Dickens makes an allusion employing a parody of the stereotypical English churchman in Chapter 4, when Pip describes how the officious Mr. Wopsle says grace at his family's table:
It began the moment we sat down to dinner. Mr. Wopsle said grace with theatrical declamation — as it now appears to me, something like a religious cross of the Ghost in Hamlet with Richard the Third — and ended with the very proper aspiration that we might be truly grateful.
When characters act pompously in a Dickens novel, the author is most often indicating that they shouldn't be taken seriously by the reader. Mr. Wopsle is a parody of the self-important Victorian clergyman, who takes his own voice so seriously that he later moves to London to become an actor. The officiousness and silliness of Mr. Wopsle shows in his hyperbolic "theatrical declamation" of a simple mealtime prayer with friends. This is a strange occasion to speak in "theatrical" tones, but no one except Pip seems to blink an eye at either its delivery or "aspirations."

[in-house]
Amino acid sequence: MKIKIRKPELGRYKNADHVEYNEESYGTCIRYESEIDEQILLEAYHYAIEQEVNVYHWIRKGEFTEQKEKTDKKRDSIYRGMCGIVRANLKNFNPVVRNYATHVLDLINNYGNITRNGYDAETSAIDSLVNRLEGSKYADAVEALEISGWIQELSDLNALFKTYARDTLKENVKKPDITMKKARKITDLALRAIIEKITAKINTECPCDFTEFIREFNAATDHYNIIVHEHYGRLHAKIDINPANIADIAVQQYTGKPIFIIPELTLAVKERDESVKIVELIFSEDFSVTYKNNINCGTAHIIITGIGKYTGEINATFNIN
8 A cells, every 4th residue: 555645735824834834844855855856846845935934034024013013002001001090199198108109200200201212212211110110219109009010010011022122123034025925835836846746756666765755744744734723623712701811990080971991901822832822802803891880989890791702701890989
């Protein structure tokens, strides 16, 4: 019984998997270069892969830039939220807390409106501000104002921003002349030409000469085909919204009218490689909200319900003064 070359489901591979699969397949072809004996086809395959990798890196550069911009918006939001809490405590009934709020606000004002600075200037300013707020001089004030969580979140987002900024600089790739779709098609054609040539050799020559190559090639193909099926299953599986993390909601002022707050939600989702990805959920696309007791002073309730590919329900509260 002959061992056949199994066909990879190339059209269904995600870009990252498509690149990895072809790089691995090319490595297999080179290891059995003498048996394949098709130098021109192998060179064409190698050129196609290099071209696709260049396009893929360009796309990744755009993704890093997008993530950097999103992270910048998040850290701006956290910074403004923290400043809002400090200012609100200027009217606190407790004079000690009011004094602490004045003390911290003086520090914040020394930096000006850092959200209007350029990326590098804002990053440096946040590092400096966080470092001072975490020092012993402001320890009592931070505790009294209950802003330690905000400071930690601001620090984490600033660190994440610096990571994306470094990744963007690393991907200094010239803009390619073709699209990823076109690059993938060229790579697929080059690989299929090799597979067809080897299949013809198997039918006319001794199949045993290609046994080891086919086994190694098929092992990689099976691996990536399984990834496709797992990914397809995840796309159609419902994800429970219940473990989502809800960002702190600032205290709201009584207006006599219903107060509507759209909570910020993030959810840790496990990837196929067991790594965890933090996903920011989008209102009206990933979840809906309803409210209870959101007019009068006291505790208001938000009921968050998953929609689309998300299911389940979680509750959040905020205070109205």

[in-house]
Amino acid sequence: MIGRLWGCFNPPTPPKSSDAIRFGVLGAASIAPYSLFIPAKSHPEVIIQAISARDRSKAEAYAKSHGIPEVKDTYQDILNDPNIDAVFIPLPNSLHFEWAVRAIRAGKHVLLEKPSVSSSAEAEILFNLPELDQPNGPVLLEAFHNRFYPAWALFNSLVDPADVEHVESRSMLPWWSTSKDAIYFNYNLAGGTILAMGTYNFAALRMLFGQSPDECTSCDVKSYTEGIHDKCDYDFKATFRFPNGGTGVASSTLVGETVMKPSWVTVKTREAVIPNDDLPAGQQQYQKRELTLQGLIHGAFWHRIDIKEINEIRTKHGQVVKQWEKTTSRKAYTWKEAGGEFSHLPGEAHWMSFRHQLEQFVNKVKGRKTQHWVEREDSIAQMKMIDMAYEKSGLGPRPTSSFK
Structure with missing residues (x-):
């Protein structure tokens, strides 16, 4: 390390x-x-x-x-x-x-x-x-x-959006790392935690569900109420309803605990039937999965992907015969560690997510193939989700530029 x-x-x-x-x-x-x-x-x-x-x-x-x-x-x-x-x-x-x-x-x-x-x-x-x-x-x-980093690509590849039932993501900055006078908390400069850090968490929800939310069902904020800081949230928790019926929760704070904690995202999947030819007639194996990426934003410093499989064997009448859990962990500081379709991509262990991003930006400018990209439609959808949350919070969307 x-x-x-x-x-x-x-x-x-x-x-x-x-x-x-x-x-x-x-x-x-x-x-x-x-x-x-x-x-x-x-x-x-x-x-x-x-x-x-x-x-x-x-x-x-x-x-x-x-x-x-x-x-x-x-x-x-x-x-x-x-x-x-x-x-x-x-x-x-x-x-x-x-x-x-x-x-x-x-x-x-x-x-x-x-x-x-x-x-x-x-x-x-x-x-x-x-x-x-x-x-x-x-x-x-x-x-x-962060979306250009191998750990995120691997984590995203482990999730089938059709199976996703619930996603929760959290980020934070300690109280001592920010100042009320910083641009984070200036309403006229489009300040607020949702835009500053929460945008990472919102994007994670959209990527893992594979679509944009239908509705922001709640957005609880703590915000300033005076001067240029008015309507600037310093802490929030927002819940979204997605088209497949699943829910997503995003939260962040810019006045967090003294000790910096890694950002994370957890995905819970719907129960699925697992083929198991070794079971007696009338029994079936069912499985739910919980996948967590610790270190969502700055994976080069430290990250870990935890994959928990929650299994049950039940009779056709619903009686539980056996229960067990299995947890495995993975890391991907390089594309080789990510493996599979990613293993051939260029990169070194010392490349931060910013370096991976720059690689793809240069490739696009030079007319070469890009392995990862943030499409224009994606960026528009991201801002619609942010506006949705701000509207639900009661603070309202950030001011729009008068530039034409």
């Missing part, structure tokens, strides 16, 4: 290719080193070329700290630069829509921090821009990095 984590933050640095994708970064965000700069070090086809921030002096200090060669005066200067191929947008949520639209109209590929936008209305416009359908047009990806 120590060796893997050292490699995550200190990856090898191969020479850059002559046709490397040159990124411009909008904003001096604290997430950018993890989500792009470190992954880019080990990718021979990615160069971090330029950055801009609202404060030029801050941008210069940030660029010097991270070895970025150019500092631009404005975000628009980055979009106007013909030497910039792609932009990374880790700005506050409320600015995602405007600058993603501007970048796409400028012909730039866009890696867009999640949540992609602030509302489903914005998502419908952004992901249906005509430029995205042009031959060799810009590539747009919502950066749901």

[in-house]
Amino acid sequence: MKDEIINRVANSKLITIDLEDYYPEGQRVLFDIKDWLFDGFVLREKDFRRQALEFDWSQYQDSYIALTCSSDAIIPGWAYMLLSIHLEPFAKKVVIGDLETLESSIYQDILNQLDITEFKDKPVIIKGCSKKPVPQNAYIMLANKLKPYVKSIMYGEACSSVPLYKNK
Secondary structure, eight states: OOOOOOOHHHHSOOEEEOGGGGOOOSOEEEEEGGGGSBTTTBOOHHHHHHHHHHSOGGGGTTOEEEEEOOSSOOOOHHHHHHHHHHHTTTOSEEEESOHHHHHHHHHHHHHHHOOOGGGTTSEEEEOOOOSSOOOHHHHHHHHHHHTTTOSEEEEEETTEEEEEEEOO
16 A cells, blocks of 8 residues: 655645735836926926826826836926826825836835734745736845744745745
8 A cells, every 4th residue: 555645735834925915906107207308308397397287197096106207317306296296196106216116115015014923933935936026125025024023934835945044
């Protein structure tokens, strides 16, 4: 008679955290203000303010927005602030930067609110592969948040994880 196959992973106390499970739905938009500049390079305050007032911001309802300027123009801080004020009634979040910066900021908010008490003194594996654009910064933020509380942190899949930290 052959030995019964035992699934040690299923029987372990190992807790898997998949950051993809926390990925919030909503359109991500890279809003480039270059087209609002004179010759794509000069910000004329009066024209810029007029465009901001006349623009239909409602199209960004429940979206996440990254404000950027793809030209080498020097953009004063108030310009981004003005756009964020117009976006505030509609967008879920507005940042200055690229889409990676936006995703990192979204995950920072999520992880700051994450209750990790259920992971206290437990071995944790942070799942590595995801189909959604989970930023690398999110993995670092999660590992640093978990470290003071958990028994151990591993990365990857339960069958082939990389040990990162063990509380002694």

The "Ghost in Hamlet" and "Richard the Third" that Dickens alludes to are characters in plays by William Shakespeare. Both are kings, both are known for ominous and dramatic speeches, and both are very long-winded. It's also notable that Mr. Wopsle's silly "grace" drags on, and Richard III and Hamlet are the two longest plays that Shakespeare wrote. Pip, in his position as first-person narrator, remembers this incident with tongue-in-cheek humor, describing it in a way that his childhood self, unaware of the finer points of Shakespeare, wouldn't have understood at the time.